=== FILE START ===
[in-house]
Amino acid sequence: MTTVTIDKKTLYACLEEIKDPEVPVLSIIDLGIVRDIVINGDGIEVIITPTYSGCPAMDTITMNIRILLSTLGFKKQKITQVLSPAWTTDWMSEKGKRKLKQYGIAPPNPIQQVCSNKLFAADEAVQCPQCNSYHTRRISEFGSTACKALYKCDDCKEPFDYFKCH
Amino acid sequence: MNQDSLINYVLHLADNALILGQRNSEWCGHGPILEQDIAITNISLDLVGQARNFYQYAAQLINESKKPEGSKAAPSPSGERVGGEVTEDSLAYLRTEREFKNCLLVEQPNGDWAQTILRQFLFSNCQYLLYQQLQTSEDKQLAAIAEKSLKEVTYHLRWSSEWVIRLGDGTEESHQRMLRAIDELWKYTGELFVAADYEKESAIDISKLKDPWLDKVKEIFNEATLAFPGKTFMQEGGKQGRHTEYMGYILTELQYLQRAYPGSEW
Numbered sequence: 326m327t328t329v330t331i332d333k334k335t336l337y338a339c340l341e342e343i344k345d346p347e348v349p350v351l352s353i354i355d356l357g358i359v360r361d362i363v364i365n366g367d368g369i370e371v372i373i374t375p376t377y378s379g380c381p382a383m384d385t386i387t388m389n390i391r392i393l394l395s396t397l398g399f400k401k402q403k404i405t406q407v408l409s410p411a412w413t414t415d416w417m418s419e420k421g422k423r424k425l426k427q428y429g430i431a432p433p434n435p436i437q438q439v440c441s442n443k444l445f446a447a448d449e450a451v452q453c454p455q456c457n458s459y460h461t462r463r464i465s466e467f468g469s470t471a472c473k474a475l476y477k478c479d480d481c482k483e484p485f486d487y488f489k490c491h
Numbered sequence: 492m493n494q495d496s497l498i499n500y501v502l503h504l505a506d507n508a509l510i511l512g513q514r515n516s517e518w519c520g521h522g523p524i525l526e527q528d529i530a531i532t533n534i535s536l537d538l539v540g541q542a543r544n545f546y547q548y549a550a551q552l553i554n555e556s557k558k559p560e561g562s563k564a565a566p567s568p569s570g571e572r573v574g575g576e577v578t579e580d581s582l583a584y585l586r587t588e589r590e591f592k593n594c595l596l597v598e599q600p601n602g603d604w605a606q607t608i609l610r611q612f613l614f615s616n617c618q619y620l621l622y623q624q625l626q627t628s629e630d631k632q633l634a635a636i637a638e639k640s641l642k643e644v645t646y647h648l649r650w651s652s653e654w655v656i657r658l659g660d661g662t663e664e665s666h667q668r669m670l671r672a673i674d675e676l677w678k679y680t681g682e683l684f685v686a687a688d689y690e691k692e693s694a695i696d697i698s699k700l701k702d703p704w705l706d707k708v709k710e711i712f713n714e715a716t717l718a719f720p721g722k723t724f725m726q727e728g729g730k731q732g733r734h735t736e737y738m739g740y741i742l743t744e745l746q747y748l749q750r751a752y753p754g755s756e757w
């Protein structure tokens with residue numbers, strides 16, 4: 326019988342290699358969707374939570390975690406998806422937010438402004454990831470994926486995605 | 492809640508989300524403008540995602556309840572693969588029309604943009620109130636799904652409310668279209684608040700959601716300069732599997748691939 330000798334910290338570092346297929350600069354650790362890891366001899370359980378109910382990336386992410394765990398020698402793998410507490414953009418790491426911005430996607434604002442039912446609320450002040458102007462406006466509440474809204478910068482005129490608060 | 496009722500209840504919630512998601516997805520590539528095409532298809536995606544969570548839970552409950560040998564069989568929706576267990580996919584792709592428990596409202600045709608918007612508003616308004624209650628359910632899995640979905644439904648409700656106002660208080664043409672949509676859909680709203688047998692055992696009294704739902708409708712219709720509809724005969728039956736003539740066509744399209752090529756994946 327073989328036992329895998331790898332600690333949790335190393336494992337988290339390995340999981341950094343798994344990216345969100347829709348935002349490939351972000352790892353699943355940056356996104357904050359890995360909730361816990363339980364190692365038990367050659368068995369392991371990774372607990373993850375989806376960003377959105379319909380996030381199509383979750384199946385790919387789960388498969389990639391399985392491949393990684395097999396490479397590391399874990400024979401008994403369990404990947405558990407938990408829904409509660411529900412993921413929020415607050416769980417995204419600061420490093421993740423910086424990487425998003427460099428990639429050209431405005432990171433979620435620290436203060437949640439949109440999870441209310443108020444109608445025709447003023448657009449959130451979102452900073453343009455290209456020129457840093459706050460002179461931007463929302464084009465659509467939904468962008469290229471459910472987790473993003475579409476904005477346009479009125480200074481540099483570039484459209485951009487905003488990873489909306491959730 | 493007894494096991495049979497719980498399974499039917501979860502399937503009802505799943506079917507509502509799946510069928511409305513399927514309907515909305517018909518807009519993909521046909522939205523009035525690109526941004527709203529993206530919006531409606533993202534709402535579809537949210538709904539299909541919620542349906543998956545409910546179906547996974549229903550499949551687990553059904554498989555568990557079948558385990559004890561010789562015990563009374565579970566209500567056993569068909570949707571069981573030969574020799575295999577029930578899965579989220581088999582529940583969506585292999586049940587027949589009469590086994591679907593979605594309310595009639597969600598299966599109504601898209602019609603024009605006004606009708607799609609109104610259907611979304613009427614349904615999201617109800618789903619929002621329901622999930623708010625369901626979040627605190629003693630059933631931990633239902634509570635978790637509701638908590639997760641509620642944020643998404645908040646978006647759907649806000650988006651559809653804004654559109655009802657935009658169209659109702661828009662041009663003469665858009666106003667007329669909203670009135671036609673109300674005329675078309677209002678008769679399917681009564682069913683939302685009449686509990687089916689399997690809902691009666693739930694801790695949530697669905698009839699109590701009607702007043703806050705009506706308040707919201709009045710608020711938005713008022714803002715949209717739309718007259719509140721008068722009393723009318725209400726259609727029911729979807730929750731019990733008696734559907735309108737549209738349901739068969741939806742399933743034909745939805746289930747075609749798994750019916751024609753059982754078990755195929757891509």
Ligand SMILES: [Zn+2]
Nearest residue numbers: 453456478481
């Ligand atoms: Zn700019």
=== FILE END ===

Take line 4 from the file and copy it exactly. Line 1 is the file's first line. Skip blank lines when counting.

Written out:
Numbered sequence: 326m327t328t329v330t331i332d333k334k335t336l337y338a339c340l341e342e343i344k345d346p347e348v349p350v351l352s353i354i355d356l357g358i359v360r361d362i363v364i365n366g367d368g369i370e371v372i373i374t375p376t377y378s379g380c381p382a383m384d385t386i387t388m389n390i391r392i393l394l395s396t397l398g399f400k401k402q403k404i405t406q407v408l409s410p411a412w413t414t415d416w417m418s419e420k421g422k423r424k425l426k427q428y429g430i431a432p433p434n435p436i437q438q439v440c441s442n443k444l445f446a447a448d449e450a451v452q453c454p455q456c457n458s459y460h461t462r463r464i465s466e467f468g469s470t471a472c473k474a475l476y477k478c479d480d481c482k483e484p485f486d487y488f489k490c491h